Silence. Then two words: “Mission impossible.”
It’s not always “Eureka!” moments that change history. For every invention or innovation, a hundred things have to happen for the world to change. One of those things that has to happen: The world has to be ready to accept that change.
The word “impossible” hung in the air of the boardroom. Henrik Erämetsä, head of the Neste US office, had suggested to his superiors that Neste explore the possibility of helping to create a standard for a sustainable aviation fuel.
And his superiors had dismissed the idea.
Not that one can blame them. Back in 2006, there was no such thing as sustainable jet fuel available in the world of aviation. It simply didn’t exist. Not as a market, not as a product, and, for most people, not at all (outside of science fiction). And the hurdle, incredibly, was not that it wasn’t possible.
In fact, the hurdle wasn’t technological at all, or due to a lack of interest or practicality. None of the things we think of when we talk about world-changing inventions.
To change the course of history this time required a less glamorous focus: standardization.
Standardization matters, though—and it matters a lot—for anything to have a hope of garnering broad appeal. Once it had been devised, producing Neste’s revolutionary new fuel was relatively easy. But before it could go into production, someone would have to develop and standardize it to make sure that it could be used anywhere, for any engine, at any time.Neste had the resources to help make that happen. But still, the task appeared daunting.
“I was told that developing and standardizing a brand-new type of jet fuel would take 40 years,” Erämetsä says today. “I was told that it would be completely unrealistic, and that I should just forget about this utopian project.”
But fortunately for all of us, on that day—and in the weeks, months, and years that followed—Erämetsä did not do as he was told.
Erämetsä and his team had witnessed the excitement in the U.S. around Neste’s new hit product, renewable diesel fuel. The team was certain that Neste should expand its production to air traffic as well.
So Erämetsä championed the idea of Neste taking part in this global project for creating a worldwide standard for renewable jet fuel, and he poured his energy into helping to turn this dream into a reality.
Now, 15 years later, thanks to his tenacity and persuasion and all the hard work done by that global project team, renewable jet fuel is available for air traffic around the world, and Neste is the leading provider. And how does Erämetsä explain his success? “I quite like talking to people and trying to make them see things from another perspective,” he says.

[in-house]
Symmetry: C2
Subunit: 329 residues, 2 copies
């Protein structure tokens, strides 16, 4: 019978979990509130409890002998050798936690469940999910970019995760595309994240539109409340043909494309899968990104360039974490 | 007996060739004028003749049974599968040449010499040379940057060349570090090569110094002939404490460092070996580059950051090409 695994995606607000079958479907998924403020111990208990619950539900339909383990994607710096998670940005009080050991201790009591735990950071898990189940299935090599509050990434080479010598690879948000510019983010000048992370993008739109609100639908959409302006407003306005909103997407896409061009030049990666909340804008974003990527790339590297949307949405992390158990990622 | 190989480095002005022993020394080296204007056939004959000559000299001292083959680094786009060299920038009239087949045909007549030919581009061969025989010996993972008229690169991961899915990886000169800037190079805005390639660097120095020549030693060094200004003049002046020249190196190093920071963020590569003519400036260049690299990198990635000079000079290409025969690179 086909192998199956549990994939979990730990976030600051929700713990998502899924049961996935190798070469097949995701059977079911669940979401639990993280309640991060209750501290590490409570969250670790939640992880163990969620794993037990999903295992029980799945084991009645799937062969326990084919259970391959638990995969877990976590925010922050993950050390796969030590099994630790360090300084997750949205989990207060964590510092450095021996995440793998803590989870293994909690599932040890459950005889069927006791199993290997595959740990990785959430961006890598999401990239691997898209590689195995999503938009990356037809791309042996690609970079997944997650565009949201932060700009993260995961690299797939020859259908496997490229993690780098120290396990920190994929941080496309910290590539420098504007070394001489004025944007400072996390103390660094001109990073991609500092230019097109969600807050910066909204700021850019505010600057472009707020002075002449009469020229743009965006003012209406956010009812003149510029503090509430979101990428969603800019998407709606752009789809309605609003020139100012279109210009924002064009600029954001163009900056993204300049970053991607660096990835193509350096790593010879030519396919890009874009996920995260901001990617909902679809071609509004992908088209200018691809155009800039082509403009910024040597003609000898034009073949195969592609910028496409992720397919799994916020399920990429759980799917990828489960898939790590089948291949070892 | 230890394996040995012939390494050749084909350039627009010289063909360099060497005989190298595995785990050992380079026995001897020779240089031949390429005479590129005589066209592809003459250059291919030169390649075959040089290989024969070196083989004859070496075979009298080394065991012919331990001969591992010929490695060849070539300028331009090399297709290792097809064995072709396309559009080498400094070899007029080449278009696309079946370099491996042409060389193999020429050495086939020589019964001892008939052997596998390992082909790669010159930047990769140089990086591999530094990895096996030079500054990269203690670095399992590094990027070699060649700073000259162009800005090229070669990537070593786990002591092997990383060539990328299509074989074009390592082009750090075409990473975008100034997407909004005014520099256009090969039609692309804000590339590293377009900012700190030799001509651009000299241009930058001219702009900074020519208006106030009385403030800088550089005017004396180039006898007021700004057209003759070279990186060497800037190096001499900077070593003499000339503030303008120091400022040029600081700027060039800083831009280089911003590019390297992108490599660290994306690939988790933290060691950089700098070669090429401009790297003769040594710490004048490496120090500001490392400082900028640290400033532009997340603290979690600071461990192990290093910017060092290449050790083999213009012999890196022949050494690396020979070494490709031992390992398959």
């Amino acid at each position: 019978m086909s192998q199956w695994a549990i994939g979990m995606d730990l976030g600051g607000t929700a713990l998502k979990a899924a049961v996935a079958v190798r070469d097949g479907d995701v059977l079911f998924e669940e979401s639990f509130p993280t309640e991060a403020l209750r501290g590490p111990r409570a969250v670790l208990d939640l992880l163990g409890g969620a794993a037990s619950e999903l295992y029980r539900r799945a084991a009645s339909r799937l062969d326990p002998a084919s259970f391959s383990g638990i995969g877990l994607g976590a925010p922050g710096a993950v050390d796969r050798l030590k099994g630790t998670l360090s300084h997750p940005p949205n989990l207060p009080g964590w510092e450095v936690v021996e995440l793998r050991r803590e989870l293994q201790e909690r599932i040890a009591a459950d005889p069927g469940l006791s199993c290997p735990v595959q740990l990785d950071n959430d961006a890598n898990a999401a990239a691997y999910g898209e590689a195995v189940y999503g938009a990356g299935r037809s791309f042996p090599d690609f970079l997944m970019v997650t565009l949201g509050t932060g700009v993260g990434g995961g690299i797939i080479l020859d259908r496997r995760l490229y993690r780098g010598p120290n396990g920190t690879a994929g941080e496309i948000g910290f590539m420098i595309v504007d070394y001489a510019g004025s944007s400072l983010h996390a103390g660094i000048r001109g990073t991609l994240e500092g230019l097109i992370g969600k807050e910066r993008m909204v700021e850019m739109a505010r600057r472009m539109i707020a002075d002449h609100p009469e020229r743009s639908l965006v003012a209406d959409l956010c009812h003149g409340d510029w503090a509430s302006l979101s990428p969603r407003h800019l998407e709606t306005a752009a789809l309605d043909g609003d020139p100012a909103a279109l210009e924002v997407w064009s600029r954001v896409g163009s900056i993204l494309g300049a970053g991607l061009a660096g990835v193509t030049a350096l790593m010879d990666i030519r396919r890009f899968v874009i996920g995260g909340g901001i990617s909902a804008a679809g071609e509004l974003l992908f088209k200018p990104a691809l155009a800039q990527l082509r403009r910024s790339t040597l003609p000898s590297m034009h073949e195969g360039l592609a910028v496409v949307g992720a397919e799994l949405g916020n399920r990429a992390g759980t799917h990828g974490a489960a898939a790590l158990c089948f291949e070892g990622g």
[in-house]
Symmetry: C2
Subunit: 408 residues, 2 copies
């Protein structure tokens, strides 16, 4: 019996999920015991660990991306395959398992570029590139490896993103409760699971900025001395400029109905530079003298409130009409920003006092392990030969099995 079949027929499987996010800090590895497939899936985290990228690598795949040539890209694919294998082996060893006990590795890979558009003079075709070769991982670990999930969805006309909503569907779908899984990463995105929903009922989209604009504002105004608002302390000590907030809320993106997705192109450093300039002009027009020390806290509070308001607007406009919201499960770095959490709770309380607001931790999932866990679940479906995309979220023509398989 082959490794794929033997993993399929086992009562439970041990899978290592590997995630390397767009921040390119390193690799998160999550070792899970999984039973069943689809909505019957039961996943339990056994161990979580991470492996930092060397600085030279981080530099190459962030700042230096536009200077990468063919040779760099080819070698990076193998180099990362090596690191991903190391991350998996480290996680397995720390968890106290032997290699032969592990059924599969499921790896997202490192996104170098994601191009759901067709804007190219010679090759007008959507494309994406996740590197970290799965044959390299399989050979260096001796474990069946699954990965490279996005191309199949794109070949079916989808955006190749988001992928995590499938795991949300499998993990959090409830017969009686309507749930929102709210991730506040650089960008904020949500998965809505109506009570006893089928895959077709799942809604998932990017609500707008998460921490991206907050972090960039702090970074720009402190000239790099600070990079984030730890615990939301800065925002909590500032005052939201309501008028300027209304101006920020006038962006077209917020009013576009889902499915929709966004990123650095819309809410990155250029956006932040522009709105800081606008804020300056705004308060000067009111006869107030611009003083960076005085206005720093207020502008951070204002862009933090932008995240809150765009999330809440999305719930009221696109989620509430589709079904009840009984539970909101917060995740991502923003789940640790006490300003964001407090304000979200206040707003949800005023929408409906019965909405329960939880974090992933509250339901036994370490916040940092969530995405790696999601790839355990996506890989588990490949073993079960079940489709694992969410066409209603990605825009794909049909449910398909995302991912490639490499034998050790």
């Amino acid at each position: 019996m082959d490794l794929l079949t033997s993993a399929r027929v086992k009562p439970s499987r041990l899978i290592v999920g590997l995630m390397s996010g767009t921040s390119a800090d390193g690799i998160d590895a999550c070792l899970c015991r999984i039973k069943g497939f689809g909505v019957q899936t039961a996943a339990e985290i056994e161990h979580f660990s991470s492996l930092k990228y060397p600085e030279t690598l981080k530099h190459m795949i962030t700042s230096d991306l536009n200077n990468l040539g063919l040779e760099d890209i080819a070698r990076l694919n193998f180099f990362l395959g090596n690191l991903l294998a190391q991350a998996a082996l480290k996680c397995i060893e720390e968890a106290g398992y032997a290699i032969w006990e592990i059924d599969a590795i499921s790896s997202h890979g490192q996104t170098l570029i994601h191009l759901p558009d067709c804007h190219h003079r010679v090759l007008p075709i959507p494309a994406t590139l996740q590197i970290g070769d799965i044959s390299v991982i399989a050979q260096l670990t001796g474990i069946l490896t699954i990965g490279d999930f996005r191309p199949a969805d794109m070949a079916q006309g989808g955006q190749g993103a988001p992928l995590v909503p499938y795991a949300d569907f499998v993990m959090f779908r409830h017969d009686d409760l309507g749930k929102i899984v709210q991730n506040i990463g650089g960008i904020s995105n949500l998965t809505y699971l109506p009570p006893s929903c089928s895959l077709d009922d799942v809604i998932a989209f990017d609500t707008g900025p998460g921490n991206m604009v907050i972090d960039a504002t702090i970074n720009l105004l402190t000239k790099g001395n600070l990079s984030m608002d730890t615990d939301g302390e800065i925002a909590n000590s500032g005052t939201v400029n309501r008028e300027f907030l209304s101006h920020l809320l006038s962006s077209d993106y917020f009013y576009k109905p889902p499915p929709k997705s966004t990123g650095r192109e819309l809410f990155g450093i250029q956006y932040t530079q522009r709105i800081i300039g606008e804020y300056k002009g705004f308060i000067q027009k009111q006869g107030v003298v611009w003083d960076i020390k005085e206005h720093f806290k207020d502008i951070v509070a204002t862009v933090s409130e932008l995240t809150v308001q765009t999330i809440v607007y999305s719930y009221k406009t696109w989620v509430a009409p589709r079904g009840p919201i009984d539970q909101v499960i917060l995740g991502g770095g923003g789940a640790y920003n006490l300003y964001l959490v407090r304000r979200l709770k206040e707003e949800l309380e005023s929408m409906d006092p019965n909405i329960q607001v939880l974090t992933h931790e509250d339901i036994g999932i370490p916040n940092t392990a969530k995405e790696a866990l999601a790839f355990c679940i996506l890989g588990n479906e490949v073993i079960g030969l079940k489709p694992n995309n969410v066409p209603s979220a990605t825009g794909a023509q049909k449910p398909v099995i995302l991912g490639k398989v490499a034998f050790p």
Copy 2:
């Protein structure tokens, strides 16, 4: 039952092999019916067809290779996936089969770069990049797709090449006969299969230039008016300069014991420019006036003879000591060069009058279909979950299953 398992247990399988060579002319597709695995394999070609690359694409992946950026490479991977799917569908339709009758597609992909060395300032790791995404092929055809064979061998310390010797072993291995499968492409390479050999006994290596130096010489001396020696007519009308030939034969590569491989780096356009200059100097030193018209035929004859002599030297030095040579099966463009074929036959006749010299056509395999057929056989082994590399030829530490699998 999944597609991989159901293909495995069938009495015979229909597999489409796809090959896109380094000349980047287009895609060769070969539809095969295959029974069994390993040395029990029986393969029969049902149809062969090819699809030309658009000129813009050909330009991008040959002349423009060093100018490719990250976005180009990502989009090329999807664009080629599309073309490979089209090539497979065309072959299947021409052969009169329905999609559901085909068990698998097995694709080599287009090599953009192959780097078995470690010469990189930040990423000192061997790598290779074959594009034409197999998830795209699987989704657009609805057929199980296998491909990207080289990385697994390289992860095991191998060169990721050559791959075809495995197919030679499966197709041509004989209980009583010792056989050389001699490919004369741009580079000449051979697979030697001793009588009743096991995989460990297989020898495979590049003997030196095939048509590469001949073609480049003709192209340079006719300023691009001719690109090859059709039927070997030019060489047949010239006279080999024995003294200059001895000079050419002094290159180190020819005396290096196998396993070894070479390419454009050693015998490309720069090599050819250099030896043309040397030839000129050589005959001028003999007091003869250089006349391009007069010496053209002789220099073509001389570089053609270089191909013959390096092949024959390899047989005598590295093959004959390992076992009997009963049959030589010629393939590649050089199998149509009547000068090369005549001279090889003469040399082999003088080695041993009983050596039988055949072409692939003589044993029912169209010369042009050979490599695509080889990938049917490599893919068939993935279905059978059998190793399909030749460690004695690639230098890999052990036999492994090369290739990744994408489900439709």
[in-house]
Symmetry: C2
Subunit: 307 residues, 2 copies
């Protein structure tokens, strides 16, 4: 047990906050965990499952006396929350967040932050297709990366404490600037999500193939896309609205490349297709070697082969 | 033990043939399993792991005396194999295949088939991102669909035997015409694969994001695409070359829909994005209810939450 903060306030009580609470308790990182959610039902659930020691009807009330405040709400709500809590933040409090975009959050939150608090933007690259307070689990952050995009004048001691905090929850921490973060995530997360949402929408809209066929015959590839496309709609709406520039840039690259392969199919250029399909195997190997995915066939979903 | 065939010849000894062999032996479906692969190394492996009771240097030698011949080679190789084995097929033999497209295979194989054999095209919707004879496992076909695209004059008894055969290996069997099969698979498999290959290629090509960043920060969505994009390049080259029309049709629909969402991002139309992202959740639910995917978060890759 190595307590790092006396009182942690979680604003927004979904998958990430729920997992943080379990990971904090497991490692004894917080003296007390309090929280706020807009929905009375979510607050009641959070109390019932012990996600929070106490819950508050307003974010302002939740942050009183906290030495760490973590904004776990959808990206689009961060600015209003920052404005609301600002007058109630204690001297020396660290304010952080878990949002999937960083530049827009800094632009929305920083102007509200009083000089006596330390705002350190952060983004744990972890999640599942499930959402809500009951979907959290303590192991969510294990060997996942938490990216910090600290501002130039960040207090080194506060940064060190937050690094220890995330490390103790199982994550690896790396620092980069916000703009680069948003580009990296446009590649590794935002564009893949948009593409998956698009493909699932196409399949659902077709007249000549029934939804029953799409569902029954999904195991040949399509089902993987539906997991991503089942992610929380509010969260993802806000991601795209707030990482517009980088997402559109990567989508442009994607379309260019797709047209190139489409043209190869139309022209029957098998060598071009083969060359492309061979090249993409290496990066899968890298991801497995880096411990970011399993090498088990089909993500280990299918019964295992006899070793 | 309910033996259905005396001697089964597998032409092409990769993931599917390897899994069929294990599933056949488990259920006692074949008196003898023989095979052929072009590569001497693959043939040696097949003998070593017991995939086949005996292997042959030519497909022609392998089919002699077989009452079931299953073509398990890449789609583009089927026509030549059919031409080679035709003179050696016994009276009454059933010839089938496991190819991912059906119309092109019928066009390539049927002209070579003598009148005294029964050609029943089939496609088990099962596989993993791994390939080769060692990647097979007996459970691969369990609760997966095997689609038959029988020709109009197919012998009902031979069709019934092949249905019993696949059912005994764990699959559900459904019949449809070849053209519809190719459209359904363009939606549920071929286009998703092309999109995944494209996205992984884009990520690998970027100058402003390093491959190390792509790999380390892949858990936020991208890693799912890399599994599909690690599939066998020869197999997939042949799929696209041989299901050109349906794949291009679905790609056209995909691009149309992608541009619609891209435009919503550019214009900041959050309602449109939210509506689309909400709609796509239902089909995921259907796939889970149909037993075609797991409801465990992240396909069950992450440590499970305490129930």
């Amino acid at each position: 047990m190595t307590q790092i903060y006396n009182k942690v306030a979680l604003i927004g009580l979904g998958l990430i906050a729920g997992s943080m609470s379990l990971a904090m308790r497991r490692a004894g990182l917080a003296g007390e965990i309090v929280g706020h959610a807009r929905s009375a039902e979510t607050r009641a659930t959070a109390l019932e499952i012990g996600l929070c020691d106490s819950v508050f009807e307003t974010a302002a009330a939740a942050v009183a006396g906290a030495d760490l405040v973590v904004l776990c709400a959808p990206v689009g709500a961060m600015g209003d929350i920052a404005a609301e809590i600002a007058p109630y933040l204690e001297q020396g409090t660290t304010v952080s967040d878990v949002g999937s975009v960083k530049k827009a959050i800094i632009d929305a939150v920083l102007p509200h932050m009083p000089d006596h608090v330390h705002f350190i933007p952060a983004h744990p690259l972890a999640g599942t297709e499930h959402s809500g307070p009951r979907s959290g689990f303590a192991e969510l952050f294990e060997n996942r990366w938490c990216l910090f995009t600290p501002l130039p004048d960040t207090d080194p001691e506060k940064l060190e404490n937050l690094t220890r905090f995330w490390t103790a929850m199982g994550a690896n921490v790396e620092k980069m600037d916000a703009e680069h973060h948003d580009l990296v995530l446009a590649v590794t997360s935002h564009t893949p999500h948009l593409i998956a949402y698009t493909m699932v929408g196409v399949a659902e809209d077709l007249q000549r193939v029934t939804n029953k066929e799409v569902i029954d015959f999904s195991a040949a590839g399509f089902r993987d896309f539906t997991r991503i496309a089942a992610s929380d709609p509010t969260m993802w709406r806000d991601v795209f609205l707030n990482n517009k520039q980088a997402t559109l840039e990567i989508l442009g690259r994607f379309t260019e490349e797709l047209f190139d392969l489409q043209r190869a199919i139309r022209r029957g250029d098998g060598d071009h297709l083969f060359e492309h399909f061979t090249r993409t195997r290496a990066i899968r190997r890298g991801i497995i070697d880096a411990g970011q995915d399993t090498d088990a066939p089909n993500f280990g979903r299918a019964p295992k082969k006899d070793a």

An engineer from the start
Erämetsä showed an inclination toward engineering from an early age.
“My mother says I used a ruler while drawing as a kid,” he says.
It seemed almost a foregone conclusion that he would study engineering in earnest, which he went on to do at Finland’s Helsinki University of Technology in the ’70s .
We are in a meeting room at Neste headquarters. He rises and peers out of the window. “You can see the main building of the university across that road,” he says, pointing out the red brick auditorium of his alma mater, today called Aalto University. After graduating, Erämetsä spent 10 years designing, building, and selling ships and other waterborne devices. “When I drive past a shipyard, I still feel the thrill,” he says.
Erämetsä joined Neste at the turn of the new millennium, when the company was still called Fortum, initially as vice president of speciality products. With experience in both domestic markets and exports, he oversaw the sales of jet and ship fuels and bitumen.
But one event would go on to change the course of his career, and the world’s fight to live sustainably.
The Houston assignment
Houston, Texas: a hot spot for the international energy business. And in Houston, energy means oil. The city has even dubbed itself the Energy Capital of the World. The skyline features skyscrapers where energy industry giants as well as large engineering companies have their offices.Neste, too, had been in the city for decades. And in 2004, Erämetsä was asked to manage Neste’s American office and move to Houston. “I said yes almost in a heartbeat,” he recalls. “I have always been interested in new assignments. At that point, I had had two posts in Germany and one in Prague, so moving to another country was familiar to me.”
“The Texans say that Austin is the city for intellectuals; Dallas is the city for lawyers; and Houston is the city for engineers,” Erämetsä says. “Even though as an engineer I’m sometimes immune to registering the engineer in myself and people around me, I still recognize the stereotype.”